Target protein digestion by pepsin is a requisite step prior to DXMS experiments. In optimizing this process, the total number of peptides produced from pepsin digestion was evaluated under several different conditions including concentrations of denaturant. For each sample test, 5 μl of Δ81-SEX4-C198S was diluted in 15 μl of 100 mM NaCl, 2 mM DTT, 7.8 mM Tris pH 7.1 (on ice), representing the dilution of the protein into D2O based buffers in deuterium-exchange experiments. The sample was then diluted with 30 μl of a cold quench solution (0°C) of 0.8% formic acid, 16.6% glycerol, and guanidine hydrochloride (GuHCl) at final concentrations of 0.05 M, 0.5 M, 1.0 M, 2.0 M, or 4.0 M. This quenching step represented the reduction of hydrogen-deuterium exchange with a decrease in pH to 2.2 -2.5 in addition to denaturing the protein prior to pepsin proteolysis with GuHCl and acidic conditions. The quenching/denaturation process was allowed to proceed on ice for 30 seconds, after which, the sample was frozen by submersion into dry ice. The frozen sample was stored at −80 °C until transferred to the dry ice-containing sample basin of the cryogenic autosampler module of the DXMS apparatus. Procedures for pepsin digestion for DXMS have been described (33-36). Briefly, the sample was thawed at 0 °C, injected and pumped through a porcine pepsin immobilized column (Sigma), and the protease generated peptides were collected on a C18 HPLC column (Vydac). The column effluent was analyzed on an LCQ Classic (Thermo Finnigan Inc.) electrospray ion trap-type mass spectrometer and an electrospray Q-TOF mass spectrometer (Micromass). Determination of pepsin-generated peptide sequences from the resulting MS:MS data sets was facilitated through the use of SEQUEST (Finnigan, Inc.).
DXMS experiments were performed as previously described (33-37). Δ81-SEX4-C198S samples were prepared with three states of hydrogen-deuterium exchange in each deuterium exchange experiment, consisting of nondeuterated (ND), deuterated, and fully deuterated (FD). The nondeuterated sample was processed exactly as described in the digestion optimization described in the previous paragraph. The FD sample represents the “maximum” hydrogen–deuterium exchange for a certain time period, which in these experiments was a period of 24 h where the samples were allowed to exchange at room temperature in D2O buffer (1% (v/v) formic acid). The deuterated samples represent different incubation times prior to the quenching of the exchange process. Briefly, a 5 μl solution of Δ81-SEX4-C198S (10 mg/mg) was diluted with 15 μl of ice cold D2O buffer (7.8 mM Tris-HCl, 100 mM NaCl, at pH 7.1 ± 5 mM β-cyclodextrin), samples were incubated at 0°C for 10 s, 30 s, 100 s, 300 s, 1000 s, 3000 s, and 10,000 s (166.67 min), then mixed with 30 μl of quench solution (0.8% (v/v) formic acid, 0.08 M guanidine hydrochloride, 16.6% (v/v) glycerol) with samples on ice for 30 seconds, and then samples were transferred to ice-cooled autosampler vials, frozen on dry ice, and stored at −80°C. In amylopectin binding experiments, Δ81-SEX4-C198S was pre-incubated with 5 mg/ml amylopectin (Sigma) at room temperature for 30 minutes and then chilled to 0 °C. The pepsin digestion (16 s), chromatography, and the mass spectral acquisition proceeded as described in the digestion optimization section. This process is an automated system, such that the time between protein loading onto pepsin and mass spectral acquisition is constant (~7 min) for each sample. All of the samples for one protein were prepared and run on the same day. Each Apo and amylopectin-bound DXMS experiment was performed a minimum of three times and for each experiment we prepared and analyzed samples in triplicate. The ribbon maps and graphs are the average percent deuteration with standard deviation. Data processing and reduction of hydrogen-deuterium exchange experiments utilized specialized DXMS data-reduction software (Sierra Analytics, Modesto, CA) (17, 25, 26). Corrections for back exchange were determined via the methods of Zhang and Smith (38),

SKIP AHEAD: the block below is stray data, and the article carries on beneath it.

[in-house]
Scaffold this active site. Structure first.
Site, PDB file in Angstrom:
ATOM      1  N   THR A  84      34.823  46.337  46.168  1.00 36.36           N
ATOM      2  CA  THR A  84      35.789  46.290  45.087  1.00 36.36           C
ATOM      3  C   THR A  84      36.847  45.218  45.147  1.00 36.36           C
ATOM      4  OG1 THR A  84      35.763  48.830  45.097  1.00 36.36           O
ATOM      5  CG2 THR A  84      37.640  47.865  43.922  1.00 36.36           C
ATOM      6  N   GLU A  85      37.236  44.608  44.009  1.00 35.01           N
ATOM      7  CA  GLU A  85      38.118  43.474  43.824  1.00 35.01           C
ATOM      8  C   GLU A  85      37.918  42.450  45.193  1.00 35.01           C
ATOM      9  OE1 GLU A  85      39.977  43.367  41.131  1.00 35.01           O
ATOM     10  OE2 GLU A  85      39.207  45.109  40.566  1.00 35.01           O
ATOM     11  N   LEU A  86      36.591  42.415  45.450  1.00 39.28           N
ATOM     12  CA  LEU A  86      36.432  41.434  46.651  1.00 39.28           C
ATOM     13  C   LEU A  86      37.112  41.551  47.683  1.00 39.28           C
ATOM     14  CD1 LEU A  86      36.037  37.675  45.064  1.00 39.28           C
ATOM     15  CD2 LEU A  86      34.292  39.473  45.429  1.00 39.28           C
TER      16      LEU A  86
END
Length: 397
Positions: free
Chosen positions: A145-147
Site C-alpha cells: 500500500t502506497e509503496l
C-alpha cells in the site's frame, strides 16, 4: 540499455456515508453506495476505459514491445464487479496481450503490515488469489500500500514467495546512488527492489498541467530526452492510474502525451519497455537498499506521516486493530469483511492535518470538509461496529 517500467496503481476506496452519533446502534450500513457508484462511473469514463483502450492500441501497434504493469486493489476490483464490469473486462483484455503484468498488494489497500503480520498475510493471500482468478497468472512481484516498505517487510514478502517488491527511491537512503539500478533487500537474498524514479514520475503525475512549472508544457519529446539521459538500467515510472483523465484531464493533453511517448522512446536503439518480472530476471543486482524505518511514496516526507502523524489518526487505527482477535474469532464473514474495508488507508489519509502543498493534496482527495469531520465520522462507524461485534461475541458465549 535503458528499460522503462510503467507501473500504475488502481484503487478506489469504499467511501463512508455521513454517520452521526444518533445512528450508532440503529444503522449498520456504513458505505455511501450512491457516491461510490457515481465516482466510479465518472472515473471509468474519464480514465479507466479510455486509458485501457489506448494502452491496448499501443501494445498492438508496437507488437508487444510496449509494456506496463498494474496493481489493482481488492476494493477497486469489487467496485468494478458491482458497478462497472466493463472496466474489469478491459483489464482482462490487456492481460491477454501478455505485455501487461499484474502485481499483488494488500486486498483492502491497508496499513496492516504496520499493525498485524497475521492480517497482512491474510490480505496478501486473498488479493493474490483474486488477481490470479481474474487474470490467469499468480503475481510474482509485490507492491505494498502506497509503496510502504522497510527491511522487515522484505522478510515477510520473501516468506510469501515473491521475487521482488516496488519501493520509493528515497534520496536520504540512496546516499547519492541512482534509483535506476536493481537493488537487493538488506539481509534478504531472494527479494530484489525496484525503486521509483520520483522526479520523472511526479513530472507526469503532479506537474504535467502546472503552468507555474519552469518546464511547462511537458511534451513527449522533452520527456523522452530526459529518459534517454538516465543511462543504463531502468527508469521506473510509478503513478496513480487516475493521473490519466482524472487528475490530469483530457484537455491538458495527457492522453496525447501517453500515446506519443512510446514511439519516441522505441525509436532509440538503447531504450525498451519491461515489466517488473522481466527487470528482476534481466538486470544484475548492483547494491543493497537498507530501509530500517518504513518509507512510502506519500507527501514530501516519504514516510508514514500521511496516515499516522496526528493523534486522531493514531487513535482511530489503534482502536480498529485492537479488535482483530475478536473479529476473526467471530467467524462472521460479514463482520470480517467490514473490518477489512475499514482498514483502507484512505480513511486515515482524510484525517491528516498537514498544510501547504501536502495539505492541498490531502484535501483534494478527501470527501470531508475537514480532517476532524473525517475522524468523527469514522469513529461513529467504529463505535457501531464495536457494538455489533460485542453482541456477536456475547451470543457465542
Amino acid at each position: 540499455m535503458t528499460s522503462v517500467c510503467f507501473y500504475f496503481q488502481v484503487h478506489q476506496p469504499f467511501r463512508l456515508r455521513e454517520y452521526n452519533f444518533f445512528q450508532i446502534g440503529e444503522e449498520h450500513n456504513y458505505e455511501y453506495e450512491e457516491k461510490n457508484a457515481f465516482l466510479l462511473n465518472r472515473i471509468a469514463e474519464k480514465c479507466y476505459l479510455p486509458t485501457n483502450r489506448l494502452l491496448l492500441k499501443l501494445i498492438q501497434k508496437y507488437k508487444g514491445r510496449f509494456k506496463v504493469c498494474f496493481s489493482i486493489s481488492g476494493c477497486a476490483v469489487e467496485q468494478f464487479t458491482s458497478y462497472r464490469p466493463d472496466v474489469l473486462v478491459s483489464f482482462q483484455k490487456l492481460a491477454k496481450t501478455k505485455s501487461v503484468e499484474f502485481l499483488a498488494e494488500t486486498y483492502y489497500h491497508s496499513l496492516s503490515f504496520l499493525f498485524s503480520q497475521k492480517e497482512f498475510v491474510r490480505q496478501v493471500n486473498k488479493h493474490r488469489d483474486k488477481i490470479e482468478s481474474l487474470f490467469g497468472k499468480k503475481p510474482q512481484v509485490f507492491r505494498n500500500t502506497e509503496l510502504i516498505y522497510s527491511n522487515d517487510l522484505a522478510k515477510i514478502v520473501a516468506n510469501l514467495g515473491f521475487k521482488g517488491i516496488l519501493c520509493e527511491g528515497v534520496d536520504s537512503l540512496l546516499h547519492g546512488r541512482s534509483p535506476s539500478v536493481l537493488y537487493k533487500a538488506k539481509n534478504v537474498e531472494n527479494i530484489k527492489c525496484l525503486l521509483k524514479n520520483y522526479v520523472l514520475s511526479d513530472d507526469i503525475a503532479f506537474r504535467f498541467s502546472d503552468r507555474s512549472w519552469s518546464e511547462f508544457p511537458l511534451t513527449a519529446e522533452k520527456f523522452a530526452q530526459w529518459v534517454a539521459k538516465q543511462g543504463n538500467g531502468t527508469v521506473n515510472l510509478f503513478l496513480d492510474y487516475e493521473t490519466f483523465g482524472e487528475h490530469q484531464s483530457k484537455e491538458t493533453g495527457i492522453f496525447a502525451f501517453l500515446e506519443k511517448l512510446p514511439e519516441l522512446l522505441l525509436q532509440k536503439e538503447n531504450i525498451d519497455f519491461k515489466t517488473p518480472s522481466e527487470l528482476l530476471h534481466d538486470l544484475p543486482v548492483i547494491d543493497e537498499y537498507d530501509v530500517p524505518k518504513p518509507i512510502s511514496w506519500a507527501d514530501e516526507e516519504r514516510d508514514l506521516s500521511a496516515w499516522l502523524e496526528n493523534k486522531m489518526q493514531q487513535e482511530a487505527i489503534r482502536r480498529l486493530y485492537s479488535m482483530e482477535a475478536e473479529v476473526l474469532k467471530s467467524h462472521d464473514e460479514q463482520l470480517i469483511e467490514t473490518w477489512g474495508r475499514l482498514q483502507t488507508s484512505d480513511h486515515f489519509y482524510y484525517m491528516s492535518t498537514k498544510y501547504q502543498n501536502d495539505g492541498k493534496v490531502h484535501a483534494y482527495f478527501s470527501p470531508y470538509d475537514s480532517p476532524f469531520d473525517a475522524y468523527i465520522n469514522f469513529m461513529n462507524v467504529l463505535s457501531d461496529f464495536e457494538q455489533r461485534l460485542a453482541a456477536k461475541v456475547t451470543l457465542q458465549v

where m(P), m(N), and m(F) are the centroid value of partially deuterated peptide, nondeuterated peptide, and fully deuterated peptide, respectively.